Several possible explanations presented themselves to Lady Amabel as she gazed thoughtfully upon the chimneypiece, which incorporated a carved scene of Diana bathing and a mantel frieze carved with monkeys, birds and beasts. "Well, we know Marriot isn't of unsound mind, so it isn't that! I do not mean to cast a blight upon your spirits, Nell, but have you considered that Marriot may have eloped?"
In response to this suggestion, Lady March looked crosser still. "Bosh!" she said.
Lady Amabel wrinkled her pretty nose, which was enchantingly retroussé. "I know it sounds like so much moonshine, and that you and Marriot always dealt together delightfully, but I have noticed that gentlemen sometimes stray! However, Marriot is your husband, so you must know him best." She frowned. "Was Marriot in his altitudes, I wonder? I do not mean to infer that he is a drunkard, because of course he isn't, but there is no denying he was prone to take some odd notions when a trifle foxed. Is prone to do so!" she quickly amended upon glimpsing her friend's face. "Depend upon it, we shall discover Marriot is merely indulging one of his whims."
Eleanor did not reply. Even under influence of the grape she doubted her husband would grow so very absentminded as to forget home and wife for six months on end. To her severe misgivings she did not give voice, the servant arriving at that moment with a light repast. Before departing, he built up the fire and lit additional candles. With gusto, the ladies fell to their midnight feast, Mab pausing between mouthfuls to cast curious glances around the room.
The solar must have changed little in the centuries of its existence, Lady Amabel thought, as she gazed upon the ceiling with its attractive symmetrical design culminating in several Tudor roses and the plaster frieze in which Diana, her dogs and attendants hunted stags and elephants and lions in a forest of trees. The framework of the wainscoting was painted brilliant red with touches of blue and gold. Even the furnishings were Elizabethan, including a counting table with a checkered top, chairs embroidered with flowers and leaves and fruits, and stools upholstered with green velvet and studded with nails.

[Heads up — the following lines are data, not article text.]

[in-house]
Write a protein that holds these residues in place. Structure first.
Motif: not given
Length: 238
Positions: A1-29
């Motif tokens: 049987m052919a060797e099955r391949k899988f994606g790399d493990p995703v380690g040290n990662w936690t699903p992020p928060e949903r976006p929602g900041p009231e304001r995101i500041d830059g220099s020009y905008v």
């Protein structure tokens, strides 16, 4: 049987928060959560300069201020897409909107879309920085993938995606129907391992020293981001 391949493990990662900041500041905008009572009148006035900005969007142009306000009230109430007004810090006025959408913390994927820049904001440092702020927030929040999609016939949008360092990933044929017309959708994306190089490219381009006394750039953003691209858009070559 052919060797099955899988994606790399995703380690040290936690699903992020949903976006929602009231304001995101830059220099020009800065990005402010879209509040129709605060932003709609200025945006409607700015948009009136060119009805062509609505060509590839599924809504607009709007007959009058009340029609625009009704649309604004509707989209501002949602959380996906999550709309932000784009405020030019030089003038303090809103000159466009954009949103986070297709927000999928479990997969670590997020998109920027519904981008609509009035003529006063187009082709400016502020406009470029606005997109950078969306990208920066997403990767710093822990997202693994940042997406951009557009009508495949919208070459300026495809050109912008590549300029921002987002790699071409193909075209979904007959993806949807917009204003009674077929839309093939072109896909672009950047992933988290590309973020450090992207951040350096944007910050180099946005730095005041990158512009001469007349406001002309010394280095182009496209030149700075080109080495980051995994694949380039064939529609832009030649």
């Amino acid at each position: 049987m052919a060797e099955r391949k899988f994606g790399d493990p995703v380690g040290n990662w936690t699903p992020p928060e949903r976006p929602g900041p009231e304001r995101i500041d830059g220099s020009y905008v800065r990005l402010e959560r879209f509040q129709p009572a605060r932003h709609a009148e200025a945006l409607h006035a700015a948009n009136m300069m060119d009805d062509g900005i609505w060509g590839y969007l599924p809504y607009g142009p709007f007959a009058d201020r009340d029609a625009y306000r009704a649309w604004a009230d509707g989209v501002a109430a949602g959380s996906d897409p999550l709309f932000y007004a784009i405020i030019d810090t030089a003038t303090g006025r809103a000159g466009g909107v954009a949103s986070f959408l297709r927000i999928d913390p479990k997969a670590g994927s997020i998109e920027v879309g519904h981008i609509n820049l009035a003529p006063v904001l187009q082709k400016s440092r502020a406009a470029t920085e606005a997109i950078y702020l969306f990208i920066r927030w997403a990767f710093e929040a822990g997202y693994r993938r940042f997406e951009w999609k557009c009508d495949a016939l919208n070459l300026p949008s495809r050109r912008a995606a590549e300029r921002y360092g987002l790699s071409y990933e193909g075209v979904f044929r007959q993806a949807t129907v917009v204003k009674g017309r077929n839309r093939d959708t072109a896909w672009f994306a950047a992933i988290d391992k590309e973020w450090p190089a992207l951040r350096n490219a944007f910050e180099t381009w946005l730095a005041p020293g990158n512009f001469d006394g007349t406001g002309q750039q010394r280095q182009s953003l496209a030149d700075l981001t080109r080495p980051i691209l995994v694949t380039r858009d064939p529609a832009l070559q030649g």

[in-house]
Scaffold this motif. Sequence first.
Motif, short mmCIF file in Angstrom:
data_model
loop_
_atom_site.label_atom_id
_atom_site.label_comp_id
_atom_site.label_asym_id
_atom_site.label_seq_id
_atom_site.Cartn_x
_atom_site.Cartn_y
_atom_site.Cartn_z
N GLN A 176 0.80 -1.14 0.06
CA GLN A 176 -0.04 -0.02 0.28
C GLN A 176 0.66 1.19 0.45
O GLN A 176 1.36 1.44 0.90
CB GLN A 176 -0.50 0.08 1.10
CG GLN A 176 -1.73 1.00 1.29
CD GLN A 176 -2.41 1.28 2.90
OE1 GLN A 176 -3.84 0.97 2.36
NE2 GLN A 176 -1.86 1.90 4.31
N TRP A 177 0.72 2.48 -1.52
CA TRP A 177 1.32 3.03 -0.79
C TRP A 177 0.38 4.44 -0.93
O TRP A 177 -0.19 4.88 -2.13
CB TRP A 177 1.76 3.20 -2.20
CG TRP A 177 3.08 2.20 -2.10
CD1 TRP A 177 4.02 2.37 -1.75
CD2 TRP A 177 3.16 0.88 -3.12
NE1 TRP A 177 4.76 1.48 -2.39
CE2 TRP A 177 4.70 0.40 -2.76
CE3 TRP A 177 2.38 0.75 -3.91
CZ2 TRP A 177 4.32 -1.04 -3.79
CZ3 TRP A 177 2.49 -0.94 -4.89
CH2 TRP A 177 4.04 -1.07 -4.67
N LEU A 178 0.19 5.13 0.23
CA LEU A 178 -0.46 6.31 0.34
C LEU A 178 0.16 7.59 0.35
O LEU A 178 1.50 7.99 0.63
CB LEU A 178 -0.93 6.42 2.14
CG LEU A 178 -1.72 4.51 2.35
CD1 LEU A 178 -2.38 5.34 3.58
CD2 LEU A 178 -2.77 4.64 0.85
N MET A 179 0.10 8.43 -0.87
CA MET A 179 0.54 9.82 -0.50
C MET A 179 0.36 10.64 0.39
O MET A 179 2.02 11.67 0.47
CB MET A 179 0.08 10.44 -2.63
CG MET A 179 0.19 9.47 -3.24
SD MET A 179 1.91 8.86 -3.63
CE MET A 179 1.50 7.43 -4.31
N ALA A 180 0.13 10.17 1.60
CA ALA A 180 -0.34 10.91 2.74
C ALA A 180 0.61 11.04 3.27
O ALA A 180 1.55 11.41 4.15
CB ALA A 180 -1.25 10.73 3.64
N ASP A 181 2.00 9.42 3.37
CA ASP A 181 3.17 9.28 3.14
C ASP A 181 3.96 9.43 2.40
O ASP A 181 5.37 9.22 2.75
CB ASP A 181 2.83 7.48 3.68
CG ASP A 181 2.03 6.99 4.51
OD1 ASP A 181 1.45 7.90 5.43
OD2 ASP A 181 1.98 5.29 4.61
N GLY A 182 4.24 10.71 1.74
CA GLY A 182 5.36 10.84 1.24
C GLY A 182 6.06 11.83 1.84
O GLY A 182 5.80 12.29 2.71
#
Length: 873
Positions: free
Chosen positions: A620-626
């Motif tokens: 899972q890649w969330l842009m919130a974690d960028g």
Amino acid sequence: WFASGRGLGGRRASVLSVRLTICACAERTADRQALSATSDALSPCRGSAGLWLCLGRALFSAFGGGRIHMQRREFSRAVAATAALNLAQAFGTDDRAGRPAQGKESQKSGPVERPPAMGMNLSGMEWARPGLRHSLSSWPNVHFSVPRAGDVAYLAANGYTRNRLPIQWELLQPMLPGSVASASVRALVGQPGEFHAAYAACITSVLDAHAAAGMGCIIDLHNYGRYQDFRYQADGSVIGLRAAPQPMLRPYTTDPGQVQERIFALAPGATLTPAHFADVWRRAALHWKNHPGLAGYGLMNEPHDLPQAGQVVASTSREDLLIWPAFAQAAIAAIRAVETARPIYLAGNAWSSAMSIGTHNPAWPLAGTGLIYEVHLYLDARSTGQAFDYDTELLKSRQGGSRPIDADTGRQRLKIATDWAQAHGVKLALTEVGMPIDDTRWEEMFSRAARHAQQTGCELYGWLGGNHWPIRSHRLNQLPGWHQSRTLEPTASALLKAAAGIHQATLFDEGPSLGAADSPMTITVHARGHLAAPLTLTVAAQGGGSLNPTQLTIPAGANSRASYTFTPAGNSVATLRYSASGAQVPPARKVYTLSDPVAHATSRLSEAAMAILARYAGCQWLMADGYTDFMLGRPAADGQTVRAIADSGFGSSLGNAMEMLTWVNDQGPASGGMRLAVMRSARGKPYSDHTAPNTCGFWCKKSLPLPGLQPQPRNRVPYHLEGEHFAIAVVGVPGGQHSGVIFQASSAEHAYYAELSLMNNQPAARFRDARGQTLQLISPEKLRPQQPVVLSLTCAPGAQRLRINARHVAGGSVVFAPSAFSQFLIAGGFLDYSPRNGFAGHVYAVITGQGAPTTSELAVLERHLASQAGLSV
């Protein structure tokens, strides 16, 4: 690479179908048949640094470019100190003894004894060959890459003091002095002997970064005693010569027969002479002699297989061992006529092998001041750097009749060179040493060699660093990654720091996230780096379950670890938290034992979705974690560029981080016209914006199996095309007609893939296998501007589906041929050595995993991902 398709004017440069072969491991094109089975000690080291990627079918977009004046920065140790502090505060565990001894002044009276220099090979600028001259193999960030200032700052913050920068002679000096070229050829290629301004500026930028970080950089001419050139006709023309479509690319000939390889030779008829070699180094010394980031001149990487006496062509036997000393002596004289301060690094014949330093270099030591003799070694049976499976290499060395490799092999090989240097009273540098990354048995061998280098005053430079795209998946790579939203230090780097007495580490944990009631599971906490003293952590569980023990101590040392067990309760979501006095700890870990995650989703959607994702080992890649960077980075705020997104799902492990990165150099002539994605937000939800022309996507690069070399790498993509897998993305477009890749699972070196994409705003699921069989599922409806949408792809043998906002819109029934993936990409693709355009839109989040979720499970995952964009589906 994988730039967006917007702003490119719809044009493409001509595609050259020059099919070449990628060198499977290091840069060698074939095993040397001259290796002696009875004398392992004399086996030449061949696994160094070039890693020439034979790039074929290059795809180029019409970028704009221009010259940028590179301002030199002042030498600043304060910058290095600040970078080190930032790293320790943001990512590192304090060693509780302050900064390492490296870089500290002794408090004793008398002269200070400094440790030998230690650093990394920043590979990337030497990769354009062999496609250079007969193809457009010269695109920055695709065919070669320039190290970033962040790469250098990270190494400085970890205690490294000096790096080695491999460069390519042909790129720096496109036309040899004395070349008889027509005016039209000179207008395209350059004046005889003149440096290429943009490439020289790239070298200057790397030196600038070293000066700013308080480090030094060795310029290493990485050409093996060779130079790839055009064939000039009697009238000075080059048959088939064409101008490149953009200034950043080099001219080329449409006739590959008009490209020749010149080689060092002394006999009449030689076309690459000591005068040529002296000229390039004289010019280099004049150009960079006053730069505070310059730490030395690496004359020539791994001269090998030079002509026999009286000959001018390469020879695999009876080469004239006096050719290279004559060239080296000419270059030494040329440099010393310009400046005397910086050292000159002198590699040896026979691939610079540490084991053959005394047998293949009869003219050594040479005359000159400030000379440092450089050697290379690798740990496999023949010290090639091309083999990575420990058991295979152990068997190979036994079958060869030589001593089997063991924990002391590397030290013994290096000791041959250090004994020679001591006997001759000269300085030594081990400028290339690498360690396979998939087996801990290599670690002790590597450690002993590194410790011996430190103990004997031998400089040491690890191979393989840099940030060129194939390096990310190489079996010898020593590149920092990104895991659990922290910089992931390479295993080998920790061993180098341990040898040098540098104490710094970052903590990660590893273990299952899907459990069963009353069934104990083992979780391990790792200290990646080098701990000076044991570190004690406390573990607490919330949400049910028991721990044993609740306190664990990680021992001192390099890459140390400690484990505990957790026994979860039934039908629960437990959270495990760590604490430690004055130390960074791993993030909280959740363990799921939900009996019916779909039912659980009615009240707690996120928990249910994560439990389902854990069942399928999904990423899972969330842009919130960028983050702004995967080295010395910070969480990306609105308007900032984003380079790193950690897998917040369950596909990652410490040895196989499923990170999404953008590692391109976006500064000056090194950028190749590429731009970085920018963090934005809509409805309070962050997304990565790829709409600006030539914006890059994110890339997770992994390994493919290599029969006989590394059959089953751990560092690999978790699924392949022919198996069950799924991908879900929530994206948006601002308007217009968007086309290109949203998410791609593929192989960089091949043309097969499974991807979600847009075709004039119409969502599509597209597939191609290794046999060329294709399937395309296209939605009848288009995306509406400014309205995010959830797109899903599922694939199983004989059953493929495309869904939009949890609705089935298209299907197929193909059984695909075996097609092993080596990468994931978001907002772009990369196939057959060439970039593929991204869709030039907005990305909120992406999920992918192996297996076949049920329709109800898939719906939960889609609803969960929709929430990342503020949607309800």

While her visitor thus indulged herself, Lady March withdrew to the daybed where she'd been huddling when Lady Amabel arrived, reading an edifying work entitled The History of Serpents, which solemnly stated that dragons are wont to hunt elephants in packs. Nell's own curious gaze moved from Mab to her bulging portmanteau, which had been abandoned just inside the door. "You have not told me what you are doing here."
Cautiously, Lady Amabel eyed her hostess, who at times could be a very high stickler. "Goose!" she said merrily. "I have come to bear you company in your lonely vigil. What are friends for?"
That it had taken her friend six months to come to her assistance Lady March did not point out. "But it is so very late," she said.
"Yes, but that is not my fault." Replete, Mab brushed crumbs off the skirt other white muslin gown. "I came in a nightcoach, and then a hackney, and such an adventure it was!"
The details of that adventure Nell could well imagine, Mab being the sort of young lady whose life was never dull. "You didn't travel here alone! Your papa--"
"My papa," interrupted Lady Amabel, with grim voice and irately sparkling eye, "is a cruelly unfeeling beast. He is curst high-handed--certainly he has tried my civility too high! And it is never the least use disputing with him because he doesn't listen--well! I thought that since I am fated to be melancholy, there is no one I would rather be melancholy with than you!"
Foreseeing a dramatic exchange of confidences, Lady March attempted to settle herself more comfortably among the myriad embroidered cushions upon the daybed, which was made of oak painted a chocolate red and ornamented with floral arabesques, its two paneled ends angling stiffly outward. "Thank you!" she said drily. "I hesitate to point out that I already have Cousin Henrietta to bear me company."